Dear Manager,

A very real challenge for experienced managers (let alone those of us qualified for subscriptions to Modern Maturity) is patience.  I know my own patience threshold, if left unchecked, is significantly less than it once was. 

My personal assessment suggests that a combination of factors impact our ability to find patience in the hectic lives we lead.  Failure to exhibit a dose of patience on a regular basis will only serve to negatively impact us personally, professionally, and possibly even medically.


Society today seems a bit less patient be it terrorism, war a difficult economy or just the much faster pace that we find in all our lives.  Patience would suggest a level of satisfaction and acceptance in the most simple of pleasures let alone surviving a traffic jam on Friday afternoon.  We have all seen the speeding driver who is destined to arrive five minutes before we do.  What could possibly motivate the urgency and these five minutes?  Ultimately left unchecked “the crankies” are likely to set in for a time.  Now won’t that be fun for those we work with let alone those whom we are devoted to at home.

I believe one of the greatest losses for patience with maturity is the self perception that we have “seen it all.”  While not true, I’m here to tell you it can sure seem that way on occasion.  How could this knucklehead try to pull this stunt, is he fresh off the planet of Zubadar?  Tell me this has never crossed your mind!


Our challenge as it relates to patience is in our failure or lack of desire to forgo judgment of others.  It becomes increasingly “convenient” to pass judgment upon others based upon our own frame of reference and the experiences factors that have established our own foundation of base values.  Obviously no one can possibly have the benefit of our experiences let alone expertise as if they were their own!  We may see an individual perform a task in such a way that we also would have done so similarly earlier in our lives.  We have now learned that this similar approach could not, will not work.  We know this to be true, but it may or may not be our position to now right our own former wrong.  If in fact you at one time approached this scenario similarly, how can we possibly pass judgment, failing to be patient in this very similar situation?


I have been involved in board and executive meetings where I have clearly deferred to others in those areas of consideration for which I have little or no experience.  Obviously the experience and input of others should carry the stage.  One of these areas was often financial and auditing issues.  I had little or no valuable input and clearly suggested so.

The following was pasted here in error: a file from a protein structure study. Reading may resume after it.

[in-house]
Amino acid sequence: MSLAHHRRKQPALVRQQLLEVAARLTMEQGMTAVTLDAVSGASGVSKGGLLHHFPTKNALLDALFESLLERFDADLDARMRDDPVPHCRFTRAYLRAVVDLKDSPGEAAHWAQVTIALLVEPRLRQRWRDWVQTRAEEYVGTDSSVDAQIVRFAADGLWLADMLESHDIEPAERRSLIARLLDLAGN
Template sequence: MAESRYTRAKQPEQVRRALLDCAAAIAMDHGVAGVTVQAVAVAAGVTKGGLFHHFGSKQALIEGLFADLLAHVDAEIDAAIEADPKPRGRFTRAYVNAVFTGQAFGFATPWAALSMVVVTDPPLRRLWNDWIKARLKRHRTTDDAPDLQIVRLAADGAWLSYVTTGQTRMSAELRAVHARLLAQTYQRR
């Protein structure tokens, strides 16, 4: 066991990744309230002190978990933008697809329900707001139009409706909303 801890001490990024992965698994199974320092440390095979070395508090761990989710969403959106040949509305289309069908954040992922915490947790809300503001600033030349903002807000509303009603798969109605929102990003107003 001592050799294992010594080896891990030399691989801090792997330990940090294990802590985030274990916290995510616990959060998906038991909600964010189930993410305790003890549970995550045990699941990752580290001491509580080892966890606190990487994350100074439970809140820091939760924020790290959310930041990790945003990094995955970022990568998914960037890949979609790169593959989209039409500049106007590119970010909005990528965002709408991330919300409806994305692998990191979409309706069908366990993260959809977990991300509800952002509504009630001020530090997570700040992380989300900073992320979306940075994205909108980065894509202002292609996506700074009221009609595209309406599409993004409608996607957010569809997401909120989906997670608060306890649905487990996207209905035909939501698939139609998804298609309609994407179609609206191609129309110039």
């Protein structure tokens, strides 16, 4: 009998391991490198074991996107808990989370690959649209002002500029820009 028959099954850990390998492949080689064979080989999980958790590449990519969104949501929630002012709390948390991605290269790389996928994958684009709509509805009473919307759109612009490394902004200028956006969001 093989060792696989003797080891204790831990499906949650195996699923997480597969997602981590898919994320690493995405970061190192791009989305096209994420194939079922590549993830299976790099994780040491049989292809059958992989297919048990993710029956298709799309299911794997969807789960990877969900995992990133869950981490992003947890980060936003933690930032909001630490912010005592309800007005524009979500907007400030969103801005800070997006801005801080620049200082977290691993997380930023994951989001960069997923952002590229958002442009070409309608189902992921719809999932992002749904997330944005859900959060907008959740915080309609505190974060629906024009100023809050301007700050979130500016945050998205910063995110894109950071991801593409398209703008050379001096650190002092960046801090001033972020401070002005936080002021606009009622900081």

On other occasions financial people would involve themselves heavily into the sales and marketing areas for consideration.  There were instances when it was clear the meetings direction was in direct conflict to what every fiber of my body suggested could possibly find success.  This is where diplomacy and patience must rule!  We have all been here; we have all fidgeted in our chairs.  How does one possibly sit still when the iceberg is in full view but seemingly can only be seen by you?  If this isn’t the ultimate test of patience, I don’t know what is.


I find this example and lack of patience to be my own greatest challenge.  Managers devote their lives to finding and nurturing success.  While not always accomplished, it comes with greater and greater frequency for the seasoned manager.  We know our areas of strength, we avoid the alligators we chase the doves. 

The targets become much larger the opportunities become much more realistic.   A kid in the candy store mentality begins to consume us with potential.  Yes we want all the candy we can possibly hold and maybe just one piece more.  There have been times when patience was required not just in the form of days and weeks but in the form of years.  On reflection these were also some of the greatest lessons learned, regardless of my patience in the process.


I’m not sure if further discussion is required, so I won’t.


… accepting the frame of reference of others. I have known individuals who speak in what would seem to be a very different language.  While I consider myself mostly computer literate, this continues to develop at a fairly elementary pace.  I will sit down with a tech person, and it can become almost comical.  Their frame of reference is so much more sophisticated to my own, that most of the basics that I am looking to absorb is lost in their fourth generation examples.  They may leave without a clue to the fact they have provided me with less than 20% of the meetings potential.  I’m sure that they think I am some kind of moron.  Have I done the same to others as it may relate to meeting their fundamental needs and meeting the potential for mutual success?  There is no question that I have failed others in the past.


We can all appreciate the truth in this old axiom.  Having said so I have also known individuals who have “patienced” themselves right into mediocrity.  You can begin to understand my challenges in finding the correct balance between patience and boredom. 

There is middle ground that all of us must find if we are to be the most effective manager we can become.  Is there a simple formula; if you have found one I beseech you to contact me.  I would certainly not want my patience to run out.


Personal Regards,



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